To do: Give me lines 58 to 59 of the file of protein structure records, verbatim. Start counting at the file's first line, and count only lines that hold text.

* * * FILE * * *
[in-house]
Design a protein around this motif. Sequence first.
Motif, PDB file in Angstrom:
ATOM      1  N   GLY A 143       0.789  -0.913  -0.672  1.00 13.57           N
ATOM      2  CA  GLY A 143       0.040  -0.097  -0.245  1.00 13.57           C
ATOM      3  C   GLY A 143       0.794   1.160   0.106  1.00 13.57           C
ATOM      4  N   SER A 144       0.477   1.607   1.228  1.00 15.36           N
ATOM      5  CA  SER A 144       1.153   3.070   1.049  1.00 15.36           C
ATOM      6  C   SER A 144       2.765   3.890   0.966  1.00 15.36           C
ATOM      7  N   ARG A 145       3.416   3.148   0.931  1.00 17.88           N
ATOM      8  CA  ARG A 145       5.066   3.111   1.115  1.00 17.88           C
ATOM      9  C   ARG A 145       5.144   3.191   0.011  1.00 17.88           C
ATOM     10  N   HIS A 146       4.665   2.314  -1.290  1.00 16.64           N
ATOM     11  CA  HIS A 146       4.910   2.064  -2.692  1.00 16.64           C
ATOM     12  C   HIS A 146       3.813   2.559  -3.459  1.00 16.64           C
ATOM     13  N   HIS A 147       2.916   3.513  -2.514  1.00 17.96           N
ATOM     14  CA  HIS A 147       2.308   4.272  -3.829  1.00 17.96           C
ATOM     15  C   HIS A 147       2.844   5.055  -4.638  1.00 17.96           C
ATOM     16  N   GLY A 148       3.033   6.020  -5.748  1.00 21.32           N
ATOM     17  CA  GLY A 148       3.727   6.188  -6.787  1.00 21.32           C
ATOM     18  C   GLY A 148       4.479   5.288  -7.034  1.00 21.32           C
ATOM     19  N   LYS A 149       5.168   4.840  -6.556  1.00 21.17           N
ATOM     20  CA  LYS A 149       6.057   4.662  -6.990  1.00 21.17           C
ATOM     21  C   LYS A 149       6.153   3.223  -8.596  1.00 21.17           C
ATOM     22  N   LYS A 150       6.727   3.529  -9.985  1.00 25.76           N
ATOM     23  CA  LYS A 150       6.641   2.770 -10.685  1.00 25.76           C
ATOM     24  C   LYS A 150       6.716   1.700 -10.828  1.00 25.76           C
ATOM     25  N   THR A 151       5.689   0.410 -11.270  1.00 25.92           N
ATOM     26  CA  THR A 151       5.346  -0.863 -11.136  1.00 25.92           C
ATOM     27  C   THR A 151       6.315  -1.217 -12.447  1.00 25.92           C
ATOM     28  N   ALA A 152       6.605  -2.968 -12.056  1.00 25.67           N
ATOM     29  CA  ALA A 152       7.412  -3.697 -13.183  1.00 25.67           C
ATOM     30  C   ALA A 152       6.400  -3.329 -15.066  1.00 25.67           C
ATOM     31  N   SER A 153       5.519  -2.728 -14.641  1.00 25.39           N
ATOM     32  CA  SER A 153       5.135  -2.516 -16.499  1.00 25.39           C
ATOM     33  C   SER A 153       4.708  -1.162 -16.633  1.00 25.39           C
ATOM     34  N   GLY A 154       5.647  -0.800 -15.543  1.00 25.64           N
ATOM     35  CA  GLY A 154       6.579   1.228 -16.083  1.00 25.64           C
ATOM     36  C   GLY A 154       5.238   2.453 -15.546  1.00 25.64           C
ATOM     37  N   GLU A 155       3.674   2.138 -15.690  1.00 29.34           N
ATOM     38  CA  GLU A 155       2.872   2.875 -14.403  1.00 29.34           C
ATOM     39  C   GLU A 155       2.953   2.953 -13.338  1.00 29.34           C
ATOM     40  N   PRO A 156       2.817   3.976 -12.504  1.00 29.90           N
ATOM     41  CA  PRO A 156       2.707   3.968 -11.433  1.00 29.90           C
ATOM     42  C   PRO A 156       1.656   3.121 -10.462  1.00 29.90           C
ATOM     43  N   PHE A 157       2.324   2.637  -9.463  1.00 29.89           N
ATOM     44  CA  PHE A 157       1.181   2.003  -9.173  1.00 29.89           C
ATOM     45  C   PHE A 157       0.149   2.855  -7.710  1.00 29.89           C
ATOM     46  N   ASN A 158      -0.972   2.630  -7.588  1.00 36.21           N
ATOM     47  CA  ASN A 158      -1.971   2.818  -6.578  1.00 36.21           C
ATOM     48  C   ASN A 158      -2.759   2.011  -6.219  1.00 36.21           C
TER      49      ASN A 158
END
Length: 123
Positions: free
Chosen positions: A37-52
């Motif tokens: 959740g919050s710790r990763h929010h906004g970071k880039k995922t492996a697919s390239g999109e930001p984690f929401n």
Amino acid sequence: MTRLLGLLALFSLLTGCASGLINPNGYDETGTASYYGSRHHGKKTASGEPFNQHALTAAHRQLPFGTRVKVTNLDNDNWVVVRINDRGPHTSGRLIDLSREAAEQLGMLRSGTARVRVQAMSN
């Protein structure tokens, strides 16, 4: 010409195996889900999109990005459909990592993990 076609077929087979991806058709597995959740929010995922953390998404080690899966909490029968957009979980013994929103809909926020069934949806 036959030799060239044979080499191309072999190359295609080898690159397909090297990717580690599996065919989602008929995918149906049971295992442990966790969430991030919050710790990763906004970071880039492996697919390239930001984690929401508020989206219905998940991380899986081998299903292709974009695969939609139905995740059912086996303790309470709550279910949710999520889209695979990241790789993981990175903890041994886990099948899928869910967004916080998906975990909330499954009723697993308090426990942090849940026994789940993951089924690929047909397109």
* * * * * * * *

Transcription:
Amino acid sequence: MTRLLGLLALFSLLTGCASGLINPNGYDETGTASYYGSRHHGKKTASGEPFNQHALTAAHRQLPFGTRVKVTNLDNDNWVVVRINDRGPHTSGRLIDLSREAAEQLGMLRSGTARVRVQAMSN
């Protein structure tokens, strides 16, 4: 010409195996889900999109990005459909990592993990 076609077929087979991806058709597995959740929010995922953390998404080690899966909490029968957009979980013994929103809909926020069934949806 036959030799060239044979080499191309072999190359295609080898690159397909090297990717580690599996065919989602008929995918149906049971295992442990966790969430991030919050710790990763906004970071880039492996697919390239930001984690929401508020989206219905998940991380899986081998299903292709974009695969939609139905995740059912086996303790309470709550279910949710999520889209695979990241790789993981990175903890041994886990099948899928869910967004916080998906975990909330499954009723697993308090426990942090849940026994789940993951089924690929047909397109």